I mean, currently we are paying $75,000 a year to open our laptops and sluggishly retain a Philosophy lecture in our PJs and bedhead.
“Fordham University has done the best they can in keeping all the students updated. We started receiving emails about the virus weeks ago. Monday, we got the notice that we needed to leave ASAP and everything would be online until March 29.
“My biggest frustrations are that they are waiting to tell us if we get to go back or not after that. Being from the West Coast, it is not easy to go back and forth [to New York]. Some of my teachers even forgot to take into account that there are different time zones when giving online lectures at the regular class time. I totally slept through my 8:30 a.m. class this morning because that is 5:30 a.m. for me. It was not on purpose, but hey, when a pandemic comes around, who knows what will happen?
I mean, currently we are paying $75,000 a year to open our laptops and sluggishly retain a Philosophy lecture in our PJs and bedhead. But in times like these, you just have to be thankful you are not somewhere worse.” —Isabelle Hesse, 19, Fordham University
Now that classes are moving online, I know I don’t possess enough focus to be able to still truly understand the material, let alone get a decent grade.
“I’m really scared about what the remainder of this semester is going to be like. I have pretty difficult ADHD that I’ve struggled with my entire academic career. Now that classes are moving online, I know I don’t possess enough focus to be able to still truly understand the material, let alone get a decent grade.” —Elizabeth Bovay, 20, SUNY Geneseo
It feels like the world ended overnight.
“It feels like the world ended overnight. My professor compared this to 9/11 in terms of how things went from feeling normal to this surreal uncertainty within such a short time. I am the musical director of the Binghamton Treblemakers, a cappella group. At rehearsal last night, our president announced we won’t be able to have our semester show or use our funds for sound and lighting. I started crying. Seniors are being robbed of their senior solos they’ve waited for for four years.”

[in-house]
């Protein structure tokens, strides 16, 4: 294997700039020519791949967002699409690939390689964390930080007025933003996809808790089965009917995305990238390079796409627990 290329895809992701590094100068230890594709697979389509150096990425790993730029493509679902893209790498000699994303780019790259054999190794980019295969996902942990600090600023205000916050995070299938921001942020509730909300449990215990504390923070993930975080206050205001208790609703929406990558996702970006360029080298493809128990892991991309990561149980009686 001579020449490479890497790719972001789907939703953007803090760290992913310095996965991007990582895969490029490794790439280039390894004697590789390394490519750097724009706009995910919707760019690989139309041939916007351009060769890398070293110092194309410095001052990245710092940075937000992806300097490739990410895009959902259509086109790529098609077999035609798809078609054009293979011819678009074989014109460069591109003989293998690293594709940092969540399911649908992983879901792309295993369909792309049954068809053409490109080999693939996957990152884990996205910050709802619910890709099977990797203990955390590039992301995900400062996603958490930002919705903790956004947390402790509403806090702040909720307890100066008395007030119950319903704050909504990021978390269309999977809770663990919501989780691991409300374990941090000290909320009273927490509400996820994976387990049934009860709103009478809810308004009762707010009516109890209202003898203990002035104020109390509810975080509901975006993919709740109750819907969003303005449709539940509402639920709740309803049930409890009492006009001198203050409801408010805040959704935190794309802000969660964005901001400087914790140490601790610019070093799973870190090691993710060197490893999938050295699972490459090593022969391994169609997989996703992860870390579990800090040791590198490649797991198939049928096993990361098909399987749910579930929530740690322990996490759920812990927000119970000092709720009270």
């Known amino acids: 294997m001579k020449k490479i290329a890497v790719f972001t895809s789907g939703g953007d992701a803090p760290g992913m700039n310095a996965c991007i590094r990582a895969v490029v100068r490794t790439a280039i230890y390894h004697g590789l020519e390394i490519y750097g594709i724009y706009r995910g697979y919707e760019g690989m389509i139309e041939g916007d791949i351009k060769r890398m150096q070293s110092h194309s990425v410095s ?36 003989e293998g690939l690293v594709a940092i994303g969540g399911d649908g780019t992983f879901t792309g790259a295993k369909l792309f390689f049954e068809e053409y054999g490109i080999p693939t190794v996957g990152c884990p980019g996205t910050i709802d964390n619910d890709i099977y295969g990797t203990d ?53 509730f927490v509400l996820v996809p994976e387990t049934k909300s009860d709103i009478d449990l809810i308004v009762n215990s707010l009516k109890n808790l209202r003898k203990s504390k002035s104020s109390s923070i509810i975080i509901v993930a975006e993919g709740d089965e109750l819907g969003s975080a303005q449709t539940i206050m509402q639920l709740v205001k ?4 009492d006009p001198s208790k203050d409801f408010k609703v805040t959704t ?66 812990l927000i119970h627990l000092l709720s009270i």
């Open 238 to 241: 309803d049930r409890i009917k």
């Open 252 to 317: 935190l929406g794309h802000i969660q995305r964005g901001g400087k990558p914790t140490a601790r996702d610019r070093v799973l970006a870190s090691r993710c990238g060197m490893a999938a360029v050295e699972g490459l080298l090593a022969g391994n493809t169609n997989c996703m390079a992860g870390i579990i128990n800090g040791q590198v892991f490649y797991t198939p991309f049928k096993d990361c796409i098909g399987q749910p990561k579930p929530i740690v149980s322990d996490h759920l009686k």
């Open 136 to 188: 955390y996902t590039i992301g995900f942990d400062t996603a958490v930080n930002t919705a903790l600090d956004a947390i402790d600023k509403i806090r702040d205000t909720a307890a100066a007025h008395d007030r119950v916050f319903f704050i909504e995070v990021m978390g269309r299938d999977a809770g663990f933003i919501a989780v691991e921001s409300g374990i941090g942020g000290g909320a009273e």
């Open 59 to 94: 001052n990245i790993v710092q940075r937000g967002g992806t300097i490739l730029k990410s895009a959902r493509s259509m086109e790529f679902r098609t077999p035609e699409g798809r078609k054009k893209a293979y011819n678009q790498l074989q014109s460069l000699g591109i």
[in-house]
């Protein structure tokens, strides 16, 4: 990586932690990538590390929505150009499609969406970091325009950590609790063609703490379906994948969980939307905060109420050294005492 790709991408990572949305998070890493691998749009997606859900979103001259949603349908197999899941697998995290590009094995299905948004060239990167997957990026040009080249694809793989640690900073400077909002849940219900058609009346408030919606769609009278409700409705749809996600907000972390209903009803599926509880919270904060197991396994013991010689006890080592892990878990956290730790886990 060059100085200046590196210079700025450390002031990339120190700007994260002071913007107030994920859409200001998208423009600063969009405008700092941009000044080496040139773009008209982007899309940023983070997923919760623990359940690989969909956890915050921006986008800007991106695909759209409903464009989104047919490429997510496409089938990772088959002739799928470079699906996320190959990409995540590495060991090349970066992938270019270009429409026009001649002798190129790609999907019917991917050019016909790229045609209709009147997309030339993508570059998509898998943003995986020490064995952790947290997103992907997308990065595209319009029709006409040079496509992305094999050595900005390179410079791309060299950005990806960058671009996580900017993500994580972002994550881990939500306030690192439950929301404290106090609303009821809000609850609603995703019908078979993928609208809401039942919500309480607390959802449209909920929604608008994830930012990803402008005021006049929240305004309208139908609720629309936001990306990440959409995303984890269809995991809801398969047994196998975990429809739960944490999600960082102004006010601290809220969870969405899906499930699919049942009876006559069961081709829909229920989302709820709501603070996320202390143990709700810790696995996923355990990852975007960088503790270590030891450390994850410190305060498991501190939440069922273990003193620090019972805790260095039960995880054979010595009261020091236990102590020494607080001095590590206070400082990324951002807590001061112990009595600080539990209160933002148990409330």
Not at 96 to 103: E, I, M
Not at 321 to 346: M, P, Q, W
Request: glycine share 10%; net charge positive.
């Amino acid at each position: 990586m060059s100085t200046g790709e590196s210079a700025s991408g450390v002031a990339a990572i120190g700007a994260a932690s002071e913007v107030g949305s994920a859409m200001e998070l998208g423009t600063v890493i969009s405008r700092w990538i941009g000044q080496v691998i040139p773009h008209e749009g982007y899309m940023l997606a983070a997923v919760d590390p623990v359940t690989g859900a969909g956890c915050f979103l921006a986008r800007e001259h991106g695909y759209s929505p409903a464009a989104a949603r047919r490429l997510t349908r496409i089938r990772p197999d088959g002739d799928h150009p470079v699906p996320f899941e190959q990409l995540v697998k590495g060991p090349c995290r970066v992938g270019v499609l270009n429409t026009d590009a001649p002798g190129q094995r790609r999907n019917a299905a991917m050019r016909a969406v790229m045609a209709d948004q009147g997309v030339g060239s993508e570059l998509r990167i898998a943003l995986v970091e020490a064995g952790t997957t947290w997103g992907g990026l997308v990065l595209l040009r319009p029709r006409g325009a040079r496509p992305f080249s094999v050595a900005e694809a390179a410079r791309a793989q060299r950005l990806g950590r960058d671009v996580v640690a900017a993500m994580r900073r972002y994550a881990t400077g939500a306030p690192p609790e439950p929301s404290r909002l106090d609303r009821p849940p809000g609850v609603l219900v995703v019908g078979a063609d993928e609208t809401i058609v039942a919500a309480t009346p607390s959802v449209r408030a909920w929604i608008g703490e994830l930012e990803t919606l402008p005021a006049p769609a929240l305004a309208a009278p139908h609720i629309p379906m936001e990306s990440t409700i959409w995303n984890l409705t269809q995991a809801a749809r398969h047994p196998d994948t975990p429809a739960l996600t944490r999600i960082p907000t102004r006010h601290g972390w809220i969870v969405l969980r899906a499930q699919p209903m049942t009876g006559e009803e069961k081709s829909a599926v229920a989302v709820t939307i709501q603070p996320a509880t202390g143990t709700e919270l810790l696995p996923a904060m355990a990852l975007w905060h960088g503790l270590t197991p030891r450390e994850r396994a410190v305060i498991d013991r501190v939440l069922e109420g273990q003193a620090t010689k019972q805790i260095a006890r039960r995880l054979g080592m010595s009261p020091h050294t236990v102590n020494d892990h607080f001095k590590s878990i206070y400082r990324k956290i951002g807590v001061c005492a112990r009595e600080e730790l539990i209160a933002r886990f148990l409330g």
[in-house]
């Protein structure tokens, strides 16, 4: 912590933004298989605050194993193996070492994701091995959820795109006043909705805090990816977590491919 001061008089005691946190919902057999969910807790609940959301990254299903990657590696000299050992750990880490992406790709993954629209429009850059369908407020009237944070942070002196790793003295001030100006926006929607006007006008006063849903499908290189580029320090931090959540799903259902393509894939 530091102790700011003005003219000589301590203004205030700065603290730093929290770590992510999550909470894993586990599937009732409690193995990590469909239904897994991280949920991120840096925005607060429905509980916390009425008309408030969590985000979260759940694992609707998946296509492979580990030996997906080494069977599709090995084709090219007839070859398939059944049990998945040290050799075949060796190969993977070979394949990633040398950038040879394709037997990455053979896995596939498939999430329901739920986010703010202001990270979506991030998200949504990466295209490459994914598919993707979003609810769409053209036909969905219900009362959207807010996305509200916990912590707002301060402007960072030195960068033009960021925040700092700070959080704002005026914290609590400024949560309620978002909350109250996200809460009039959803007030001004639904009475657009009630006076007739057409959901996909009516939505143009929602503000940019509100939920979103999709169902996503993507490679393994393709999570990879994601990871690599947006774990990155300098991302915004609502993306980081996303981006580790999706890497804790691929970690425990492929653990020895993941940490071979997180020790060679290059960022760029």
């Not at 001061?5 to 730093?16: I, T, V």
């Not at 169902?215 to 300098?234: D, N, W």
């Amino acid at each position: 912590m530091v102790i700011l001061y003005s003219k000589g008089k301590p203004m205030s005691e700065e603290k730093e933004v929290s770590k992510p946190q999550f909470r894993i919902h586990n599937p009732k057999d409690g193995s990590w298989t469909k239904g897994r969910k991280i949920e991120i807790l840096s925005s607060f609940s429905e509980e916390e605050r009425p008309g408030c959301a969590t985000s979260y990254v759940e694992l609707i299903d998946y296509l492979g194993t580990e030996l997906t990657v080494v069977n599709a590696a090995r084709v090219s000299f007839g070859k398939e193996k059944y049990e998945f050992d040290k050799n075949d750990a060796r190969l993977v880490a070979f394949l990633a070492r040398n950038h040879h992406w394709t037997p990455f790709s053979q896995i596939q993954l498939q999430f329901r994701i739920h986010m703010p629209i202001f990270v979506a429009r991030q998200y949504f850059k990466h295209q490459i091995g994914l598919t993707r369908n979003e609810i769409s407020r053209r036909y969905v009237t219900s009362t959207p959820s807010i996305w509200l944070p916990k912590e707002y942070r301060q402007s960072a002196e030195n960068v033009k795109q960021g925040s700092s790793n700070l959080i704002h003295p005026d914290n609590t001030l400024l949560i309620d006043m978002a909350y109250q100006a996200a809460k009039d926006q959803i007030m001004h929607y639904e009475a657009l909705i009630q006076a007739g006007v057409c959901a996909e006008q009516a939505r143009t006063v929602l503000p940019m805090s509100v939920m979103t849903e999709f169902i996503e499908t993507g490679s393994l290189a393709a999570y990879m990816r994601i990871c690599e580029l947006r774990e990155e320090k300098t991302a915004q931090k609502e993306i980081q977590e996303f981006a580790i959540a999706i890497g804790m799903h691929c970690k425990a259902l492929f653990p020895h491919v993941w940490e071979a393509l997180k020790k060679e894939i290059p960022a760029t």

—Rachel Slotnick, 21, University of Binghamton
We’ve been told we’ll be reimbursed for a quarter of a year’s room and board.
“Wednesday afternoon, we were told that on-campus classes were over for the semester and we had to move out by the 23rd. The administration’s communication has really been lacking, and because of that, there’s been a good bit of misinformation going around. But all housing at Wesleyan is on campus, and we’ve been told we’ll be reimbursed for a quarter of a year’s room and board (around $4500) unless we are approved to stay on campus.
“The student and alumni response has been huge though. There’s a big ‘Wesleyan mutual aid’ spreadsheet going around where people are offering housing, transport, food, money. That’s encouraging at least!” —Amy Geiger, 20, Wesleyan University
There are a lot of unknowns at this time.
“We got a very abrupt email Wednesday saying that all classes were being suspended for the rest of the semester and transferred to online starting Thursday. I live on campus and the residence halls are staying open, but they are restricting any visitation, including students visiting other students. They are planning on consolidating the halls if they need to in order to try to move everyone staying on campus into one-person rooms. They are not planning on reimbursing us for any housing costs or meal plans.
“All Greek life events including formals and philanthropy events were cancelled without any warning. A lot of people are panicking about what they will do about housing, how to get home, how to move their stuff. There are a lot of unknowns at this time.” —Whitney McBay, 20, Loyola University, New Orleans
Everyone found out that we are online for the rest of the semester from Governor Cuomo’s tweet.
“I go to the Fashion Institute of Technology in New York, and they only told us we were closed for next week. But everyone found out that we are online for the rest of the semester from Governor Cuomo’s tweet before the school let us know. I have friends that are transferring after this semester and are now in a panic because our semester has come to such an abrupt halt. It’s been a really eerie and unsettling feeling not knowing how long this will last or how much worse it could get.” —Carli Brennan, 20, Fashion Institute of Technology
Will I be able to walk across a stage and get my diploma?
“All I want to do is spam my professors’ emails for answers as to what’s going to happen, but at the same time, I don’t want to overwhelm them more than they already are. What makes things worse is I’m supposed to graduate in the spring. I can’t help but wonder what’s going to happen: Will I be able to finish everything in time? Is this semester like a free pass or will I have to make it up? Will I be able to walk across a stage and get my diploma? I don’t think anyone has these answers at this point. So now all I’m left to do is sit and wait. It is quite unsettling.” —Molly Tarase, 21, Cleveland State University
Everyone is terrified and we have all gotten to the point of not knowing how to stay calm.
“Central CT State just closed immediately until further notice because a student may have it. I know people who have no where to go because they are getting kicked out of their dorms. One of my professors said yesterday, ‘I know they say we’ll see you again after spring break but my educated guess? This is the last time I will see you guys this semester.’ Everyone is terrified and we have all gotten to the point of not knowing how to stay calm. Nothing like this has ever happened before.” —Christina Plourd, 22, Central CT State University